Down big to the Saints in the Superdome midway into the third quarter of Week 16 last December, the Jacksonville Jaguars' Blake Bortles dropped back from a shotgun stance on first and 20 and planted his right foot on the two-yard line. Bortles, who led the NFL in passes traveling at least 10 yards past the line of scrimmage last season, threw an in-stride strike to Allen Robinson at the 39-yard line. The result was a 90-yard score -- good for the longest reception of the entire NFL season.
While the Jags would lose the game by 11 points, the play had a seismic effect on the fantasy football landscape. Using ESPN standard scoring, Robinson's haul netted 15 fantasy points. To put this single-play bounty in perspective, the Steelers' Antonio Brown averaged 15.2 fantasy points per game to lead the wide receiver position last season. Innumerable fantasy titles were decided in those 10 seconds of game play.
The big play is a highly coveted outcome in fantasy football. In a league that continues to trend pass-happy, we often look to the receiver position for such slate-shifting performances. The goal of this piece is to get a better idea of which NFL offenses have consistently and prolifically pushed the ball deep downfield; and subsequently which players we suspect should have meaningful vertical roles for their respective offenses in 2016. There is natural variance in big-play production in the NFL, but let's attempt to identify some potential indicators for unearthing such production.
As my colleague Mike Clay has deduced, YAC (yards after the catch) and even yards per reception haven't proved particularly predictive or consistent for projecting yardage production. With a specific eye on big-play mavens at the position -- given that average depth of target has proved somewhat predictive in projecting receiving performance -- we've employed a study of relative air yards per target at the wide receiver position. Air yards are simply the yards traveled in the air from the point of release to the intended receiver.
To add some clarity to this concept of relative air yards -- or "RELAY," to make it sound cooler -- we've subtracted the team's average air yards per target to receivers from the average air yards per target for specific receivers who had at least 30 targets in 2015. For example, the Miami Dolphins' receivers averaged 10.4 air yards per target last season, while rookie DeVante Parker averaged 14.3 air yards per target, netting him a RELAY rate of 3.9 yards -- the sixth-highest clip of the 2015 season. Below, you'll find the top 30 performers in RELAY from last season.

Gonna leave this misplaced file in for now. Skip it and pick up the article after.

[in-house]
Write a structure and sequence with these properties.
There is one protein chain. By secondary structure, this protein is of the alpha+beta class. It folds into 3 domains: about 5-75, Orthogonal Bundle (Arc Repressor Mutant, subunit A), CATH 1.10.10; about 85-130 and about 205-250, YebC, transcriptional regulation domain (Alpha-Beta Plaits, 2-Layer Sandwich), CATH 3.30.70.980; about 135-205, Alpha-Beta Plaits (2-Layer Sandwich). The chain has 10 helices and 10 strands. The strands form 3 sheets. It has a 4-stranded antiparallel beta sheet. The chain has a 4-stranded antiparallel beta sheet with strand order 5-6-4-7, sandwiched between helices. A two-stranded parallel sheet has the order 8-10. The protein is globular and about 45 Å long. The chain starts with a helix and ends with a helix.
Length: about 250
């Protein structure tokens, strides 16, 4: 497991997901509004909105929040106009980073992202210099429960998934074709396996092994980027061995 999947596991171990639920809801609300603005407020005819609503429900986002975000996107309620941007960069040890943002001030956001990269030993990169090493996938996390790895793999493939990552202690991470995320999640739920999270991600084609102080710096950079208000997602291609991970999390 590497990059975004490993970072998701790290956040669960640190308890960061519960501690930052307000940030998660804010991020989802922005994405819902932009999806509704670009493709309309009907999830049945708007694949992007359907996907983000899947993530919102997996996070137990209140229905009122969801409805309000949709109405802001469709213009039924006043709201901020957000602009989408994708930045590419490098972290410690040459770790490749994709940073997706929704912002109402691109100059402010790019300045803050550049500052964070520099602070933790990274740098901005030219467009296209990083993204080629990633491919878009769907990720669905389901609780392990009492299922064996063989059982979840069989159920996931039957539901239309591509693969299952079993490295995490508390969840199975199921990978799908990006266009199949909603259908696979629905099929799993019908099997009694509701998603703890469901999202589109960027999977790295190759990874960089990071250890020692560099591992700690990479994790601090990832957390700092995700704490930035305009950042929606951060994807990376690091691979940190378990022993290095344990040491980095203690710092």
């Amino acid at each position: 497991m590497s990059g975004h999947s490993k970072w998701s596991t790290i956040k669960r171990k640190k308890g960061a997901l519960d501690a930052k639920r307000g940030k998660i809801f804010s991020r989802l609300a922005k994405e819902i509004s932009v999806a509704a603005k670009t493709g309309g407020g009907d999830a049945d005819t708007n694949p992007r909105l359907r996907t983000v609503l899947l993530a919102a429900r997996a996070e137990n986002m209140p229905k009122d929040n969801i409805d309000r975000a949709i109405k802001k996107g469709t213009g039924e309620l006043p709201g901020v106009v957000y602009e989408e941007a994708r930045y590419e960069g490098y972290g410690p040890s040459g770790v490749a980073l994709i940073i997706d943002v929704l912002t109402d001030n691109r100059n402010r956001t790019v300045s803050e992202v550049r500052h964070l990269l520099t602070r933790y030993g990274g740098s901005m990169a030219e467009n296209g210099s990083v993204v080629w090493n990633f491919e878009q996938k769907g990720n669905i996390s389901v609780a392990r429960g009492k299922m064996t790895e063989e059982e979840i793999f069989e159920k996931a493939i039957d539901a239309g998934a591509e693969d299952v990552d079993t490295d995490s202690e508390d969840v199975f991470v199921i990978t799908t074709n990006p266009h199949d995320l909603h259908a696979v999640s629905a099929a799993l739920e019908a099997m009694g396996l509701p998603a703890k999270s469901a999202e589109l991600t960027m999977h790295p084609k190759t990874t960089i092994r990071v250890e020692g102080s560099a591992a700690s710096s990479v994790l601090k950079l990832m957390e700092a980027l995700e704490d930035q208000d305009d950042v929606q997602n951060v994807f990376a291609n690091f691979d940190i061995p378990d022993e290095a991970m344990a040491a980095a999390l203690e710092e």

We're not purporting RELAY to be revolutionary; rather, it simply reveals a player's net valuable vertical targets relative to their positional peers. Regarding notable takeaways from this index, it's telling to see both Michael Floyd and John Brown on the list, given Carson Palmer averaged 6.13 throws per game of at least 10 yards past the line of the scrimmage last season -- the fifth-highest rate of such attempts over the past three seasons. In fact, Palmer is second only to Andrew Luck in throws per game of at least 10 yards past the sticks over the previous two seasons. I'm particularly high on Brown and believe he can become a top-15 fantasy producer at the position this season, but I also think there is room for profit with Floyd as well, given coach Bruce Arians' propensity for having Palmer persistently push the ball vertically.
The Cardinals' Floyd rates second in average air yards per target (16.6), behind only the San Diego Chargers' Malcom Floyd over the past two seasons (18.3). With the Bolts' Floyd having retired, Travis Benjamin is set to assume this valuable vertical role in San Diego. Benjamin was 28th in total standard fantasy points and 35th per game at the position, while playing with a blend of sub-optimal passing partners in Cleveland last season; he's currently going 50th on average at the position in early ADP results.